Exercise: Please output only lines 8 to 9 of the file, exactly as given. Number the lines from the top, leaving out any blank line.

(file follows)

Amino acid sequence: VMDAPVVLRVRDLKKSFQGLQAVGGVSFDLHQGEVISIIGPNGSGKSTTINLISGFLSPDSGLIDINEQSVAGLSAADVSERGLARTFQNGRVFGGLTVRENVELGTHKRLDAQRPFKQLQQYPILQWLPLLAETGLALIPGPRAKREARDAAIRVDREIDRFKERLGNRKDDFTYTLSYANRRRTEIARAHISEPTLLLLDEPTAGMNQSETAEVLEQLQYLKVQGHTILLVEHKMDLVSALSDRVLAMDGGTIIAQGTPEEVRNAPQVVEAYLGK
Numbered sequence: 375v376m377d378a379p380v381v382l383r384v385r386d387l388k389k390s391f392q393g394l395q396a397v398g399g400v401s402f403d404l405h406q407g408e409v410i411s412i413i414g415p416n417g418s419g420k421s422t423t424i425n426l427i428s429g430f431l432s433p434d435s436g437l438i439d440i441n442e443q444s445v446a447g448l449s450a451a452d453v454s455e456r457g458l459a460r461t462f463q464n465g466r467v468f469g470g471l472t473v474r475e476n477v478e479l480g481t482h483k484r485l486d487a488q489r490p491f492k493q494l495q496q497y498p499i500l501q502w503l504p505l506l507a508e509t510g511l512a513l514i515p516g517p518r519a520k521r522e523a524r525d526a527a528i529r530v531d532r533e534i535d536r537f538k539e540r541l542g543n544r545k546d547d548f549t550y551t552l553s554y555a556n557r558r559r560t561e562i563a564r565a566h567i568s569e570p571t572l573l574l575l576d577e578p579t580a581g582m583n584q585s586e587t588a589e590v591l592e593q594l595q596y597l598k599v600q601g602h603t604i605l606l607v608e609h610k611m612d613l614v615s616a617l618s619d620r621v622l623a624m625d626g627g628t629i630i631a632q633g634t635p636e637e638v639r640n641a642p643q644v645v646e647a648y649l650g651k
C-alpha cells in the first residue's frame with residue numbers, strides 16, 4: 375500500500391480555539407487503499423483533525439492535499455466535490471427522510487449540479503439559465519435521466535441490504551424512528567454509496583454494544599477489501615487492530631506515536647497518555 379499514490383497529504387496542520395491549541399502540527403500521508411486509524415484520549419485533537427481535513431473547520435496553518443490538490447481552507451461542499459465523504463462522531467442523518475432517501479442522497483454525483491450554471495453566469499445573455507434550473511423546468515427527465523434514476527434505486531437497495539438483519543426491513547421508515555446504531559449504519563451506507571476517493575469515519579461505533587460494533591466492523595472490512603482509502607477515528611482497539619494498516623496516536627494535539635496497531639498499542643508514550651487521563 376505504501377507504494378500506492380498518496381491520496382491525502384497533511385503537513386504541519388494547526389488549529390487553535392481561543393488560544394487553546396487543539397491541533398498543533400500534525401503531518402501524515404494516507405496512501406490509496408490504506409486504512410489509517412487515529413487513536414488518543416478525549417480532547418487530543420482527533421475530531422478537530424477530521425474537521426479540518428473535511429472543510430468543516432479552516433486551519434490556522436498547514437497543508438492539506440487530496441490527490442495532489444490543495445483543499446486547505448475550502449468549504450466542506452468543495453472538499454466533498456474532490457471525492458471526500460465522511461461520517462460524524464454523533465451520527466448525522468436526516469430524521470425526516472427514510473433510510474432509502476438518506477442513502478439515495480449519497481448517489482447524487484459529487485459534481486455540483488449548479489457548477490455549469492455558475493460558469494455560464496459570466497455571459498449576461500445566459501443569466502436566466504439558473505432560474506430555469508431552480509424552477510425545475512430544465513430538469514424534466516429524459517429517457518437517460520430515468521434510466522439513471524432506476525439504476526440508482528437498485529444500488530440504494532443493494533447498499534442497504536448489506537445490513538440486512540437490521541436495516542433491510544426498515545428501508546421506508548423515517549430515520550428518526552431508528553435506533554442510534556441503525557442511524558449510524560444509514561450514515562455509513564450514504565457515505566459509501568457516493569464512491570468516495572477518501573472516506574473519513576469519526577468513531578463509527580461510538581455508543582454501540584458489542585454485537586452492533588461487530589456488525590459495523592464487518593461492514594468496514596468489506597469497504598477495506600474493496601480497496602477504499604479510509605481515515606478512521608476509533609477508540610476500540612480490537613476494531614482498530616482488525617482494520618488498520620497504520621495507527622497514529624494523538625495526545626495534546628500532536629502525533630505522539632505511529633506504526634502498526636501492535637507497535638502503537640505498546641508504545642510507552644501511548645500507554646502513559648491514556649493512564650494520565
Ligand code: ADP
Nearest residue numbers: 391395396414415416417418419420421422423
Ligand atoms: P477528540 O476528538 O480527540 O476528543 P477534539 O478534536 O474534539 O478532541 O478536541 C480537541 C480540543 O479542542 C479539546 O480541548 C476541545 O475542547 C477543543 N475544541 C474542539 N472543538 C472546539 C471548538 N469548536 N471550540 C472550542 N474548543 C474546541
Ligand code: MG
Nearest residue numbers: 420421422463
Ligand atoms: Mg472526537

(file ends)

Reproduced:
Nearest residue numbers: 420421422463
Ligand atoms: Mg472526537